I’ve seen readers ask about this comparison, since they’re both more neutral color stories, but they are more different than they are alike, I think… but let’s break it down!
Learn how to make more critical comparisons between two products when you’re choosing between two options, whether you’re in decluttering mode or considering a new purchase or have been tempted by something new and shiny!
Natasha Denona Biba vs. Natasha Denona Glam
|BIBA Natasha Denona||GLAM Natasha Denona|
|Finishes||8 mattes, 4 cream-powders, 3 shimmers||5 mattes, 10 shimmers|
|Color Story||More mid-tone in depth with a few light/deep shades, warm-toned neutrals||Lighter, more neutral to neutral-cool in undertone|
|Texture||Soft, smooth, blendable without being too firmly-pressed into pans, not too powdery||Soft, smooth, blendable without being too firmly-pressed into pans, not too powdery|
|Longevity||8-9 hours before fading||8-9 hours before fading|
|Application||Easy to work with; shimmers could be applied wet or dry/with fingertip or a brush||Easy to work with; shimmers could be applied wet or dry/with fingertip or a brush|
|Accessibility||Online and in-store, global distribution||Online and in-store, global distribution|
|Price/Size||$129.00/1.2 oz.||$65.00/0.67 oz.|
|Packaging||Plastic palette, pans pop out||Plastic palette, pans pop out|
Reasons for Biba: This is a richer color story, even though it is neutral, and it is dominated by more matte and satin finishes. For those who already have a lot of neutral shimmers may find this complements those well. The color story also offers more contrast and depth, particularly for medium and darker skin tones. The cream-powder formula may draw some to this palette over Glam, too (though the reverse could occur!) as it sits well on skin and looks more like a “natural matte” and is very blendable without any powderiness. It is ideal for someone who likes warmer neutrals with a touch of neutral/cool (like the bottom row).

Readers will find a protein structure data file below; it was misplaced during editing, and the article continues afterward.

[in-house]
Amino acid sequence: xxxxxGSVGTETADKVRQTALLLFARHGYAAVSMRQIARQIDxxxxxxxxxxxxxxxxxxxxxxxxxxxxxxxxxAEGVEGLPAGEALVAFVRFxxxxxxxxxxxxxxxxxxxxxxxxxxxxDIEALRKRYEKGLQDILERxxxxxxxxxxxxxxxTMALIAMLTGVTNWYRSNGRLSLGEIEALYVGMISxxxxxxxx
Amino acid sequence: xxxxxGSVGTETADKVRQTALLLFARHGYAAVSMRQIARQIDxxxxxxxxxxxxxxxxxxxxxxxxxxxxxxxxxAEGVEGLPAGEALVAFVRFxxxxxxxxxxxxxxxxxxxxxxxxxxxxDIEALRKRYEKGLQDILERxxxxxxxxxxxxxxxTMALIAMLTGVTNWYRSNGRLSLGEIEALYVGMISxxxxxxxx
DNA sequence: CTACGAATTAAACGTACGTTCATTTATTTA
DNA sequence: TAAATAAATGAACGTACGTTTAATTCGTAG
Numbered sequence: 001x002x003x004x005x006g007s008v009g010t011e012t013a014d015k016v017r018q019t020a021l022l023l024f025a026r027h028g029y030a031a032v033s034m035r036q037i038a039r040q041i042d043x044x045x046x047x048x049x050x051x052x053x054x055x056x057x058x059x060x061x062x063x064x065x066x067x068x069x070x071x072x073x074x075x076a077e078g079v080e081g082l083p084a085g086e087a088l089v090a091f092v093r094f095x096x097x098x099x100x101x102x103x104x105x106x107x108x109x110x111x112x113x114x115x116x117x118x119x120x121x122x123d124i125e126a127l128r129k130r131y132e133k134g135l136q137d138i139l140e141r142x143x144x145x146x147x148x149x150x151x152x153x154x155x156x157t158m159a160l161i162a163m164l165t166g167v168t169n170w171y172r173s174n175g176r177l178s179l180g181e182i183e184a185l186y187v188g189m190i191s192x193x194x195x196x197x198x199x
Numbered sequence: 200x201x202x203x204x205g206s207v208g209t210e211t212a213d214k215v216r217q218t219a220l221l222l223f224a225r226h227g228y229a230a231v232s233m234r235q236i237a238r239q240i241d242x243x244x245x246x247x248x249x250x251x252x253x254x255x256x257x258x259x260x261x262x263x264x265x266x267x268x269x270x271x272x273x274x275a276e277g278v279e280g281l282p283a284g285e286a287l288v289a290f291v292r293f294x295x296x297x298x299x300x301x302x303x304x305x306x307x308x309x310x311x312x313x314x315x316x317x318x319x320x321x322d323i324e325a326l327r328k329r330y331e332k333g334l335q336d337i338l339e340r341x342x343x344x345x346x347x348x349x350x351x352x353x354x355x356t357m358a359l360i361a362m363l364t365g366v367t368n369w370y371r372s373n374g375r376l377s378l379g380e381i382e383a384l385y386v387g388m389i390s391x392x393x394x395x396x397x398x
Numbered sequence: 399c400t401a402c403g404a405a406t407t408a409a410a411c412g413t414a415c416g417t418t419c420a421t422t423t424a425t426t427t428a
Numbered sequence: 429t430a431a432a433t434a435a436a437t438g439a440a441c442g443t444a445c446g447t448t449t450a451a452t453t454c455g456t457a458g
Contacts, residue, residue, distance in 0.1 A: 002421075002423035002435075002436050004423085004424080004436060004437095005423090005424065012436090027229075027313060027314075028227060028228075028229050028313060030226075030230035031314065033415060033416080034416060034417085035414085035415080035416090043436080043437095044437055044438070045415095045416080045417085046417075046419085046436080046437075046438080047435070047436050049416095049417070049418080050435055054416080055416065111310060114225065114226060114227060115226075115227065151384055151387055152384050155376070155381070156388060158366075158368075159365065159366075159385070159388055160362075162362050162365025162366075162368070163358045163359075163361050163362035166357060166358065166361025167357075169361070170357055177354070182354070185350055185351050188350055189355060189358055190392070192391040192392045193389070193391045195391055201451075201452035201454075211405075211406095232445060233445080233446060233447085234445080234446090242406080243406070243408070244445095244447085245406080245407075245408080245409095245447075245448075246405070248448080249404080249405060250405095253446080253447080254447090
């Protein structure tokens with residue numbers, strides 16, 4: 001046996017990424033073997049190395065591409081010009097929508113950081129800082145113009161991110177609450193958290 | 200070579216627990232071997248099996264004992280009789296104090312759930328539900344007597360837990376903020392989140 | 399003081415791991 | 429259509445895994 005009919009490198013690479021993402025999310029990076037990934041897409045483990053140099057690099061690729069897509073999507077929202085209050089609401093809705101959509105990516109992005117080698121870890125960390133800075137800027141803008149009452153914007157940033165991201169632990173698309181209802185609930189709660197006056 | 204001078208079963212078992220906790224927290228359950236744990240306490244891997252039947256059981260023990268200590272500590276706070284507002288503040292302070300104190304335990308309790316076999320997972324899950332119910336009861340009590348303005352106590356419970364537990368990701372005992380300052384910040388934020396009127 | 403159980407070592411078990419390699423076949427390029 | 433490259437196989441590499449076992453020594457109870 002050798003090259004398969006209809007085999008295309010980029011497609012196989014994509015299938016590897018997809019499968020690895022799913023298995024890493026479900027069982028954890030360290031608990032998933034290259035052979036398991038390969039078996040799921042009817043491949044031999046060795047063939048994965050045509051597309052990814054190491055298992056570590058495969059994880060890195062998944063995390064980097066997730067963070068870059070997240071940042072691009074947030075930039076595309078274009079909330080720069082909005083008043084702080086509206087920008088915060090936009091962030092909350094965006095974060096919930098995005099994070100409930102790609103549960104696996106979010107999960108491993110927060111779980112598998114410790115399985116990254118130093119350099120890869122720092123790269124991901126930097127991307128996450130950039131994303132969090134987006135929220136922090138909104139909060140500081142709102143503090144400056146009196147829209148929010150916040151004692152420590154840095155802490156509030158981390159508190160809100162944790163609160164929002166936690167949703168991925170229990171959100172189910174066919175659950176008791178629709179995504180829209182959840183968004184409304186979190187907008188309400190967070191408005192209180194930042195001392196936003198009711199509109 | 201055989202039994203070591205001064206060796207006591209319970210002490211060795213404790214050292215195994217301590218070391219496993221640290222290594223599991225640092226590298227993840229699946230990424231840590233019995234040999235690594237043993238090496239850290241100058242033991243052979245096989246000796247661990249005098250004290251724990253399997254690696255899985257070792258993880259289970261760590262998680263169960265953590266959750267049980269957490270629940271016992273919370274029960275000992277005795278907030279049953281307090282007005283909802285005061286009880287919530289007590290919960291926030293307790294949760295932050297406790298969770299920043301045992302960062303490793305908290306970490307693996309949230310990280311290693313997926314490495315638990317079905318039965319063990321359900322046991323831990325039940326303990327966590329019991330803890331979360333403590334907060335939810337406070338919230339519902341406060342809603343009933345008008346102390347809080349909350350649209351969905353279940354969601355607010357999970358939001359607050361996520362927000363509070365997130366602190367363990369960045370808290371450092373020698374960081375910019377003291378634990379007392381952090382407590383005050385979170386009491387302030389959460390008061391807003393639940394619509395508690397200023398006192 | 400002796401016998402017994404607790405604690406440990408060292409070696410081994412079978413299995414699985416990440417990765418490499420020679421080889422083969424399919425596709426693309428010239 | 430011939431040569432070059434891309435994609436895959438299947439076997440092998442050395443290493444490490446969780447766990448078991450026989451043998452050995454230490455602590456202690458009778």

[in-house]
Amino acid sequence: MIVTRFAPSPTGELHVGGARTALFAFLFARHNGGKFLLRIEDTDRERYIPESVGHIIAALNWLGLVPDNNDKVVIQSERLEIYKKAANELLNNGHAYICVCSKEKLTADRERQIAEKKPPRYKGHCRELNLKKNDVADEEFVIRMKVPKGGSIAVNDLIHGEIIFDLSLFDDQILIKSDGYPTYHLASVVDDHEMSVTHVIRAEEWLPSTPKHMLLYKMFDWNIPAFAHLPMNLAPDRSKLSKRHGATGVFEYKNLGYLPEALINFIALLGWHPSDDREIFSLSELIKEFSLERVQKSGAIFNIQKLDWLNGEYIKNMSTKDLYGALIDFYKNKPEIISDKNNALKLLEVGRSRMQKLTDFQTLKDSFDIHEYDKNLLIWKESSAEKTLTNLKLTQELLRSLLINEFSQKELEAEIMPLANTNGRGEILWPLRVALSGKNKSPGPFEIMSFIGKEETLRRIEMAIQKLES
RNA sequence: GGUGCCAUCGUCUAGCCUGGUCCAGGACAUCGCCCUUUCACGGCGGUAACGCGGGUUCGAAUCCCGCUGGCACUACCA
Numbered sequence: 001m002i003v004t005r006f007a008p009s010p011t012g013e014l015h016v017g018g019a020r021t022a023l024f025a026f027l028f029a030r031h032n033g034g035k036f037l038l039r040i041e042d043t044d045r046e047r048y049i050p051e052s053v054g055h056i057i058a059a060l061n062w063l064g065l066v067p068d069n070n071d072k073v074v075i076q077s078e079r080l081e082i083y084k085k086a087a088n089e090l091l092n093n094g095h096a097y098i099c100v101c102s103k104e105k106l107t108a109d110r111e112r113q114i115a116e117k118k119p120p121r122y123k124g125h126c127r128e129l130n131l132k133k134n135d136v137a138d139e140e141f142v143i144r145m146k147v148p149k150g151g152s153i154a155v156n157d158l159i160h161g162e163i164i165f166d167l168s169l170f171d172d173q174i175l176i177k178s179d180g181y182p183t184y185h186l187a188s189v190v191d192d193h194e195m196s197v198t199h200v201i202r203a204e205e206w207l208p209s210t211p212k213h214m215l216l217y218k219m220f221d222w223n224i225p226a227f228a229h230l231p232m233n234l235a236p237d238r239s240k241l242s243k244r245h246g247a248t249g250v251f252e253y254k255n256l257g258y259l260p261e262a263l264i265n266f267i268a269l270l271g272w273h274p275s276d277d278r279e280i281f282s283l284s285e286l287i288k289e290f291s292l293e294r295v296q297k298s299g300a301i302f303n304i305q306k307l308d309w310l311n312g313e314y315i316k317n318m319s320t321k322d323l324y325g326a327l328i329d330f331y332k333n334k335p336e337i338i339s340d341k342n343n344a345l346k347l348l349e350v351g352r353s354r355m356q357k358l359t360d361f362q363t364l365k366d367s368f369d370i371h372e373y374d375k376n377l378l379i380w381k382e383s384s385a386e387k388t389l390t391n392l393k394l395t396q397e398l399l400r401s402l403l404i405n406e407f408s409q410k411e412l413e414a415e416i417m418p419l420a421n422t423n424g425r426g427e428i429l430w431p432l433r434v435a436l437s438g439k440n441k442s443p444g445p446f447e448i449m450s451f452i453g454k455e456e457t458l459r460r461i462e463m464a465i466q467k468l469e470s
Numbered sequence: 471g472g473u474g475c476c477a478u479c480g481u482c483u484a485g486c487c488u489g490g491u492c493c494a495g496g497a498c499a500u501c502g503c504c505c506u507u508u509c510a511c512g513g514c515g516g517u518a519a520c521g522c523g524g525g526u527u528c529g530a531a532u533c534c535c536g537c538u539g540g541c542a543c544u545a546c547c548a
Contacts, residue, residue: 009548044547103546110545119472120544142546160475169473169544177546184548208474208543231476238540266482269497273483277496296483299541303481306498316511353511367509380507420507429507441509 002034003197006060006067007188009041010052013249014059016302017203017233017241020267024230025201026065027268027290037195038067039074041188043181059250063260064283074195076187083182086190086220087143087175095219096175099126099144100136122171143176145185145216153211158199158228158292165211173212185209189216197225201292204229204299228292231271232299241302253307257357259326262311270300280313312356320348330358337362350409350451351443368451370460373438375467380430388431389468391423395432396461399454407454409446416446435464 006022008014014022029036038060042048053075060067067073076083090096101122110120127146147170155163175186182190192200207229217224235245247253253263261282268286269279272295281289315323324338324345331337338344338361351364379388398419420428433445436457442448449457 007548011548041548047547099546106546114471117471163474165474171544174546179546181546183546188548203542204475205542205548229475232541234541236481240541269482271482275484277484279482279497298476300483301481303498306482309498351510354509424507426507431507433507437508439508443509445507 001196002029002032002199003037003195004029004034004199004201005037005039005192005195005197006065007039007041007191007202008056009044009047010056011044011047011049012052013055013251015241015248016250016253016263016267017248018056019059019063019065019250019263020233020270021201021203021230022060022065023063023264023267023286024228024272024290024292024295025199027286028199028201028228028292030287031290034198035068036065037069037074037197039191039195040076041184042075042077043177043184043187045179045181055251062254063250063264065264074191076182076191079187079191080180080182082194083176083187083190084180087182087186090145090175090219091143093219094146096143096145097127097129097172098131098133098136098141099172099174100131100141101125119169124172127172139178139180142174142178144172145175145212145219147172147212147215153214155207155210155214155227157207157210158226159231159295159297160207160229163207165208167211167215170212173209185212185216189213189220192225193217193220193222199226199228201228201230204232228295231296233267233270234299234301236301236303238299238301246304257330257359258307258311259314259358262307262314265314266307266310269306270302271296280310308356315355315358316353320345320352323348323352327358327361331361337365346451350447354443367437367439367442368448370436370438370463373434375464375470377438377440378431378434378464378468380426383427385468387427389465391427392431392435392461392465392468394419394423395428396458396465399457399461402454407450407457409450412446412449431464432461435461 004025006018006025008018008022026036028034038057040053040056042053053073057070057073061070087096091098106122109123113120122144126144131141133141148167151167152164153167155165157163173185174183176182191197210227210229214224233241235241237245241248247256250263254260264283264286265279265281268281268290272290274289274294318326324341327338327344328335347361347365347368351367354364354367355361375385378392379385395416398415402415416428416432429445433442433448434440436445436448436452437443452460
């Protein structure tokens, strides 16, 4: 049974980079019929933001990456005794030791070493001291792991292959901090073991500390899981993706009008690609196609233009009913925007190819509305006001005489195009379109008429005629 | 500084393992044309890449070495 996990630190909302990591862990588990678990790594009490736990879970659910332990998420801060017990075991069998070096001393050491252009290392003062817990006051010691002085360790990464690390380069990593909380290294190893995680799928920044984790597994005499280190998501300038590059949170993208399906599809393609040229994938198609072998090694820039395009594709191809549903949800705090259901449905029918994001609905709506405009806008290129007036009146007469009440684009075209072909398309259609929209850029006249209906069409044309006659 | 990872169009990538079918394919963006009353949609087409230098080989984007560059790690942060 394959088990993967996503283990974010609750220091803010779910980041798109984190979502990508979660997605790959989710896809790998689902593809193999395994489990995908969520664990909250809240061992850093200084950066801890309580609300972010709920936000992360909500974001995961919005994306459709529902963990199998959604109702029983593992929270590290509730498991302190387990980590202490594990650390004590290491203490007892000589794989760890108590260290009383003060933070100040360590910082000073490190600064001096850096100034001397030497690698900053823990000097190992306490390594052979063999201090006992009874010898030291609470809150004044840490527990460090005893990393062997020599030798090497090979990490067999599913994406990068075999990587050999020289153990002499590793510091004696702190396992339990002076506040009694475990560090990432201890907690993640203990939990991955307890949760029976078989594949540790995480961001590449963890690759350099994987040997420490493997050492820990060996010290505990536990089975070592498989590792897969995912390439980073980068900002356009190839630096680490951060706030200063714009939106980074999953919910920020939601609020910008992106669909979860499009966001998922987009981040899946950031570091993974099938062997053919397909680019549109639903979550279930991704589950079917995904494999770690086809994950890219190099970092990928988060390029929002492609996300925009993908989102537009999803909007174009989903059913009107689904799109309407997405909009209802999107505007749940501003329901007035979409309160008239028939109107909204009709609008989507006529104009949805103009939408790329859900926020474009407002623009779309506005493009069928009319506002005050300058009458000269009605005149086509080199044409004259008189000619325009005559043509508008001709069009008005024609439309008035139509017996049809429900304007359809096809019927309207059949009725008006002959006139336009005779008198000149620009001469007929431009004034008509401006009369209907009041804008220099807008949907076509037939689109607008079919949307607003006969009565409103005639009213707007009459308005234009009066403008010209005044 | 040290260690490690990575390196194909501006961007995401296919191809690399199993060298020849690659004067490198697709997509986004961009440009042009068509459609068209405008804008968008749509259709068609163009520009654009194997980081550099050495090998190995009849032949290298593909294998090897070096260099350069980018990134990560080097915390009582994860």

Reasons for Glam: It features the brand’s “midi” size, which is just code for smaller and almost half the price, but each eyeshadow is still contains a lot of product, so for most, there’s no real sacrifice in terms of quantity. This is a shimmer-heavy palette, so it will be best for those looking for high shine metallic neutral eyeshadows that lean a little less orange/red compared to others on the market. It is also more suitable for someone who likes more of a light to mid-tone depth look as there are only a couple of dark shades in the palette. I don’t find this palette to be strictly cool-toned, but it is much more cool-toned than most neutral eyeshadow palettes.
Editor’s Pick: I prefer the color story of Biba, and it is my go-to neutral eyeshadow palette. Glam is great quality, and the price point is way better–I feel like all of the original $129 palettes should be made in the midi format only–but it’s not a palette I find I reach for much. It’s just too light for me to use cohesively. I could see pulling some shimmers from it and pairing it with Biba, though. For me, Biba is cohesive but Glam is a complementary palette.
Bottom Line: They are both high-quality palettes with easy-to-use eyeshadows that are pigmented, blendable, and long-wearing. The brand didn’t miss on either! I think that if you’ve never tried Natasha Denona before and want to, keep an eye out for midi palette releases. Ignoring price, Biba is better for those looking for higher contrast, more mattes, and warmer tones in a neutral palette; Glam is better for those looking for high-shimmer, lots of shimmer, and are less concerned about contrast/versatility in depth.